Nowadays, decision-making is a cognitive ability that every human has. Way beyond artificial intelligence, this ability can help us make rational decisions that impact our lives. However, aside from this, it is an ability that animals have – especially the ones surviving in nature.
In order to make a step forward and understand the computational mechanism in human-like decision making, a paper submitted at the Chinese Academy of Sciences in Beijing, China centers around a spiking neural network (SNN) that can be used to model human decision-making from both connective and functional perspectives.
Using Dopamine And Spike-Timing-Dependent Plasticity (STDP) Mechanisms To Modulate The Network Learning Process
The mechanism that is outlined in the paper uses dopamine and spike-timing-dependent plasticity (STDP) mechanisms in order to modulate the network learning process, indicating more biological inspiration. As such, it can be easily applied to decision-making tasks in intelligent agents such as unmanned aerial vehicle (UAV) flying and obstacle blocking. The results of the paper support the effectiveness of the model, which compared with the traditional reinforcement learning and the existing methods, contains more biologically-inspired mechanistic principles.
The paper begins investigating the nature of intelligence from a computational perspective, to later provide how new opportunities would achieve the goal of human-like intelligence. Even though the link between human intelligence and computers (machines) is regularly pointed nowadays, the motivation of the paper is to build a more complicated, brain-inspired and cognitive computational mode that is based on brain connectome and decision-making mechanisms, applying it to decision-making for intelligent assets.
Thanks to the recent advancement of research in neuroscience, multiple brain areas are involved – meant to coordinate with each other and therefore realize brain decision-making. In the human organism, every brain area plays a unique role in decision-making. The paper aims on mimicking the human behavior (located in every part of the brain) and its potential deployment in a number of computational models.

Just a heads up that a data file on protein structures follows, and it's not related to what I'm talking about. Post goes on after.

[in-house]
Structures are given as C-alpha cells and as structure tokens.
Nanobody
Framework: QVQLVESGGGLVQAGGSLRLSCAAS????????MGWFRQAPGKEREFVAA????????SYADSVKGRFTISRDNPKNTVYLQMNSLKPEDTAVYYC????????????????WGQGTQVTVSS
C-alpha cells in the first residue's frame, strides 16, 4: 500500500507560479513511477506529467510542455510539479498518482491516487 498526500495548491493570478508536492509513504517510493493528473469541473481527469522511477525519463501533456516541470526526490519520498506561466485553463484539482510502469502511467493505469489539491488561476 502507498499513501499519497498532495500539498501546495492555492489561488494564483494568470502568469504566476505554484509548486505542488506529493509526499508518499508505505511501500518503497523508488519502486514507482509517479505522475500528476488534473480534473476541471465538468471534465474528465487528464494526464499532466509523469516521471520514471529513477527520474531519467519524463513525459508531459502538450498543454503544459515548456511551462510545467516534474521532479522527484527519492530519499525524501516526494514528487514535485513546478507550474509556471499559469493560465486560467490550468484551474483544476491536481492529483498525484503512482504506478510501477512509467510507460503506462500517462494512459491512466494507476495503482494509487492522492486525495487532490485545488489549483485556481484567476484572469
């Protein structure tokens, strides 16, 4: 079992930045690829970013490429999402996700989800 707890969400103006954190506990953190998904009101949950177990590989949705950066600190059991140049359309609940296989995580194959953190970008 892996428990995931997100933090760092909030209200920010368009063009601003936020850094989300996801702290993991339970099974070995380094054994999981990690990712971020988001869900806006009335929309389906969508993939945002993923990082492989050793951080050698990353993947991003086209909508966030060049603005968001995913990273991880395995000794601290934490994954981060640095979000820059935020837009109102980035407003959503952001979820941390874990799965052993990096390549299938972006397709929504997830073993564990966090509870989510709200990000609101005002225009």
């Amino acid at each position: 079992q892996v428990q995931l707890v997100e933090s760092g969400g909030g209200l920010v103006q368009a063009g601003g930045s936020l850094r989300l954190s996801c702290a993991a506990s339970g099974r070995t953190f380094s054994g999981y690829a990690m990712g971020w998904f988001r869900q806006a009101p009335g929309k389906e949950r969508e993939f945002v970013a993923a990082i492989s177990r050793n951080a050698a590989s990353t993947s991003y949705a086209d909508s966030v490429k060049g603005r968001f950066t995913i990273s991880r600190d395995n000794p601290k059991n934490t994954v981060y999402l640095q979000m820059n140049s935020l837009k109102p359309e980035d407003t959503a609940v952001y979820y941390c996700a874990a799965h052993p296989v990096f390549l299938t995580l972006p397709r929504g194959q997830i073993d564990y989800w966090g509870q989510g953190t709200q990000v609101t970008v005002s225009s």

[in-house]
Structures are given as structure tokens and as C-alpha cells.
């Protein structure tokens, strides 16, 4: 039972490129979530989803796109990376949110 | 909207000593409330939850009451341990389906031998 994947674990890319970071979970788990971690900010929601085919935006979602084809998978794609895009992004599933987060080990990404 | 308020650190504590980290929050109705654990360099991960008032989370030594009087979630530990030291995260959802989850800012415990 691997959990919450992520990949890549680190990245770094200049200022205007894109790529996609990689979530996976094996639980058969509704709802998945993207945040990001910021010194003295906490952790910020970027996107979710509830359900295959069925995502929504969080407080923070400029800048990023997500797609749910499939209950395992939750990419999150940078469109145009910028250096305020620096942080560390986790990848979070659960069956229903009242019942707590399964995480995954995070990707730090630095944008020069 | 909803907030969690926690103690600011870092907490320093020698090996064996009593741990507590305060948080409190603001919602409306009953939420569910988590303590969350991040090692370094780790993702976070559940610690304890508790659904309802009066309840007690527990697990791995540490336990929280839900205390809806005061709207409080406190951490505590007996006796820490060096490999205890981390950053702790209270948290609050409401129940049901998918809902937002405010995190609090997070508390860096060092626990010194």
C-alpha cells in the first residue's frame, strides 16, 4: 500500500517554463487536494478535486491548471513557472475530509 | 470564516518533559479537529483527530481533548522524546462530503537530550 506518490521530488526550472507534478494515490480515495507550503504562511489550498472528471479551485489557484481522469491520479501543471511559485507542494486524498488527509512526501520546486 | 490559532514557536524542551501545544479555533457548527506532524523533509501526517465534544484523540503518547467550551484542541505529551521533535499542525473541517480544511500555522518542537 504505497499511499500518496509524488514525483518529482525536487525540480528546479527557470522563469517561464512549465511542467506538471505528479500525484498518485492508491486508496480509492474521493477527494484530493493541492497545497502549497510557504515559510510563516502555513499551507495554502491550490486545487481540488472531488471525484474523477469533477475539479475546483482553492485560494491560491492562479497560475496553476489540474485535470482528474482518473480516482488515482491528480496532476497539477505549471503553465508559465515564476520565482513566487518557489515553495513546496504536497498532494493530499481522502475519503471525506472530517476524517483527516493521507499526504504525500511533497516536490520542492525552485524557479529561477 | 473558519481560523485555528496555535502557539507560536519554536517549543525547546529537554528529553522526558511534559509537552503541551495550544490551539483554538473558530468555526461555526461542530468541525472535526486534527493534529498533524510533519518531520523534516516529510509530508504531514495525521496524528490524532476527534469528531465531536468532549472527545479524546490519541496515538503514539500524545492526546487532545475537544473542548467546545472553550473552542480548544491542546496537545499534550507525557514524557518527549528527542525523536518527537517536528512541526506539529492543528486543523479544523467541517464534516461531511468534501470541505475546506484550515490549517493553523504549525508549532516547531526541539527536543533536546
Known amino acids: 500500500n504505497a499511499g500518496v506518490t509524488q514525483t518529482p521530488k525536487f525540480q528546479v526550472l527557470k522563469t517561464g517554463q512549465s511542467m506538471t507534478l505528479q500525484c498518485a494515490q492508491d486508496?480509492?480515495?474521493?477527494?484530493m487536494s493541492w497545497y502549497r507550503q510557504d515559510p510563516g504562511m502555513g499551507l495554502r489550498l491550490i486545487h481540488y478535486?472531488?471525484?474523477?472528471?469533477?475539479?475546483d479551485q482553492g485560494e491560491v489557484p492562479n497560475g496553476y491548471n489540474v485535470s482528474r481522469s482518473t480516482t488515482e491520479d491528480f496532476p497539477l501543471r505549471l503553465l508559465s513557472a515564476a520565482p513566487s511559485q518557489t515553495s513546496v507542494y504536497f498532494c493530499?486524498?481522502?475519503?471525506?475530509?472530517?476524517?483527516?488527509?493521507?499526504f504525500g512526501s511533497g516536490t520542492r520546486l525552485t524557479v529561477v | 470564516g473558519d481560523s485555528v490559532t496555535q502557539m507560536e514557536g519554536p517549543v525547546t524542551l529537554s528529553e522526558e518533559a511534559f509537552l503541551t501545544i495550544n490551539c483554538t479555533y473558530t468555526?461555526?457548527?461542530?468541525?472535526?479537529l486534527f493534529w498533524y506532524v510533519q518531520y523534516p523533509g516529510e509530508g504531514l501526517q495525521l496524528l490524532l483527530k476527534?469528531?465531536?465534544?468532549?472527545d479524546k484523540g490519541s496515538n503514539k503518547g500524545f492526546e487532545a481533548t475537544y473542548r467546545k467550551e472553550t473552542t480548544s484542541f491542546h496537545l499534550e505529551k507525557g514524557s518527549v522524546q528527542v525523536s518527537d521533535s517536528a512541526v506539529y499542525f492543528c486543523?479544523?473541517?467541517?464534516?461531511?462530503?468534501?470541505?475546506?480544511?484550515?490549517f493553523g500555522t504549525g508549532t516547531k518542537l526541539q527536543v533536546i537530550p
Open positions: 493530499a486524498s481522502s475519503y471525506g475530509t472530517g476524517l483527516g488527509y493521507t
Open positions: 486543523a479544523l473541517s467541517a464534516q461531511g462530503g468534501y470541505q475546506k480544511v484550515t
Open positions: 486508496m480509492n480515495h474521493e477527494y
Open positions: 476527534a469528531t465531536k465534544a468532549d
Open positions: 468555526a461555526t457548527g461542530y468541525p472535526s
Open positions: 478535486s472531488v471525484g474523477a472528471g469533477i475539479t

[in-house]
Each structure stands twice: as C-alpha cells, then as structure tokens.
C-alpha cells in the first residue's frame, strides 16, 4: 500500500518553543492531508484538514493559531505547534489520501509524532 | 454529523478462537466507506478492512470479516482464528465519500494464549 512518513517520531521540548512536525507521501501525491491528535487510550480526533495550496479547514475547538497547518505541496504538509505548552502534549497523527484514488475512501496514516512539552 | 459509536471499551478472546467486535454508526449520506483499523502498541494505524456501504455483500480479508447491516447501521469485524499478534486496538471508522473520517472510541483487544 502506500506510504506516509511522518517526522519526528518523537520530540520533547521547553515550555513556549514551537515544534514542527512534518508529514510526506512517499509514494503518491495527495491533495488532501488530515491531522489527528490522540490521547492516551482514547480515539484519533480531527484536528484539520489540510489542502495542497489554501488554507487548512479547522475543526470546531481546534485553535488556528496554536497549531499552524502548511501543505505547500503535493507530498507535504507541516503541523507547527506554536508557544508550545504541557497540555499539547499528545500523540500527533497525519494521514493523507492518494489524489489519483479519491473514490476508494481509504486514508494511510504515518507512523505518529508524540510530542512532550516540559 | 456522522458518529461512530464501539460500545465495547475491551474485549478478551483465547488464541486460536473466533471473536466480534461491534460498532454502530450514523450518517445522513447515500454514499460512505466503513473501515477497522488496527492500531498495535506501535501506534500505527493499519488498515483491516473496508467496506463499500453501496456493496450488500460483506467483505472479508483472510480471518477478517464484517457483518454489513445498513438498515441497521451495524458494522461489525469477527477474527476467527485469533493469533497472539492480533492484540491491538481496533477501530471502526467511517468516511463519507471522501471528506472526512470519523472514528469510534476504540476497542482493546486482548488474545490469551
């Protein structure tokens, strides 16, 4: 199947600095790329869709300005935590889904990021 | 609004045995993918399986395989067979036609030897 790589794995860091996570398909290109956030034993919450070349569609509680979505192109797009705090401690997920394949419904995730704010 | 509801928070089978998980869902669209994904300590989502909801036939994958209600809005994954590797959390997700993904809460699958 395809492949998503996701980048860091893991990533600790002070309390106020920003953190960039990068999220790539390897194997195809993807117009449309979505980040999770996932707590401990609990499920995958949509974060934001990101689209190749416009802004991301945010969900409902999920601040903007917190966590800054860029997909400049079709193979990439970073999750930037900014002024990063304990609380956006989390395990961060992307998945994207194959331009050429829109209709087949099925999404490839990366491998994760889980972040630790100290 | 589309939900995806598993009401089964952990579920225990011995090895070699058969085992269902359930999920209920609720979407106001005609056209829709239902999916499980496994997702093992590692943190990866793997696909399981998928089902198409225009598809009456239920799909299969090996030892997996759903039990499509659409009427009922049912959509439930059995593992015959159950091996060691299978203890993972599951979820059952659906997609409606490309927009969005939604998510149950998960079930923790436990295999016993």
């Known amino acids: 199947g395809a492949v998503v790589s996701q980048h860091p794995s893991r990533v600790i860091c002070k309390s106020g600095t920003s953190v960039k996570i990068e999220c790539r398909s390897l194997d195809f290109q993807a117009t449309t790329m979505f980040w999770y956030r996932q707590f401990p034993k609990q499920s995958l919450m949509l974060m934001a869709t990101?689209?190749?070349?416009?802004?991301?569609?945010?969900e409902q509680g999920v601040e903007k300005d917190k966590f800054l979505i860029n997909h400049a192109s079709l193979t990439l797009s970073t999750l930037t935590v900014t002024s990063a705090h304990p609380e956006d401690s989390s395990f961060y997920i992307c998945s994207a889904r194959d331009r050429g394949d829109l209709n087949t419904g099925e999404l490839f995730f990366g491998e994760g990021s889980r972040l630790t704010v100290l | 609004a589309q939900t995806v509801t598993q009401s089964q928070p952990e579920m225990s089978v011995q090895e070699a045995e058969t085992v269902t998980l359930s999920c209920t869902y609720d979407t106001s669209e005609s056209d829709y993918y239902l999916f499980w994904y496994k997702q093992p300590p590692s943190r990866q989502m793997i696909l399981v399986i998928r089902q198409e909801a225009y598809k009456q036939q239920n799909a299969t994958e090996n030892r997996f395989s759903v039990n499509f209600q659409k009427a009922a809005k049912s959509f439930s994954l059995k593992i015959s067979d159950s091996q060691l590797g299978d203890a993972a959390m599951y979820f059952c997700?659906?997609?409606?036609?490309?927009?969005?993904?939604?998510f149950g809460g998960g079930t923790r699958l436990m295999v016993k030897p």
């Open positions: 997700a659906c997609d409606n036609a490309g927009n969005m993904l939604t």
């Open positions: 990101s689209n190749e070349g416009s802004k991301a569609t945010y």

The Three Main Pathways Of (Our) Decision-Making Mechanism
According to current experimental evidence, the decision-making mechanism in our brain contains three forms of pathways: direct, indirect and hyperdirect. The direct pathway is responsible for sending a “go” signal to facilitate the response to a specific action, whereas the activity in the indirect pathway sends a “no-go” signal to suppress any specific action. The hyperdirect pathway stimulates the brain areas.
Even though this method has been adopted for modeling decision-making in recent years, the technology has not embraced it yet in full detail. That is hwy the paper proposes a brain-inspired decision-making spiking neural network (based on BDM-SNN) and a model that will focus on the inspirations of brain decision-making circuits and mechanisms.
As cited in the paper:
“(1) We use SNN to model human decision-making neural circuit and mechanism. (2) We combine DA regulation with STDP mechanism to modulate the learning process of the network. (3) We consider the effect of OFC on the representation of positive and negative feedback. (4) We apply the proposed model to the unmanned aerial vehicles (UAV) autonomous decision-making tasks, including the UAV flying through a window task and the UAV obstacle avoidance task.”
Connecting The Cell Functions to Technology
The BDM-SNN model aims to mimic the decision-making circuits in our human brain – and stimulate the connections from the brain areas in an actual technology that could be applied to unmanned aerial vehicles (UAVs).
Hence UAVs can use the BDM-SNN model and acquire visual inputs, to later perform them as obstacle avoidance, moving to a certain direction and giving feedback on the environment. The cycle will be circulated and customized until the UAVs reach goal state and finish the task. The visual input will be pre-processed and assigned to state.
The paper states:
“Although the current BDM-SNN model incorporates several important inspirations both from the connectome and the mechanisms perspectives from human brain, more inspirations can be used to further refine the model.”
So far, the experimental model of human-like behavior and decision-making has been experimented with UAVs – and the results have been positive. However, the paper is not fully deployed by any larger manufacturer which is why it still serves as a base for further developments in this technology.
“We will further explore the multi-task decision making circuit and mechanisms in human brain, and optimize the existing model to conduct more complex tasks.”
Citation: A Brain-Inspired Decision-Making Spiking Neural Network and Its Application in Unmanned Aerial Vehicle, Zhao Feifei, Zeng Yi, Xu Bo, https://www.frontiersin.org/article/10.3389/fnbot.2018.00056, DOI 10.3389/fnbot.2018.00056
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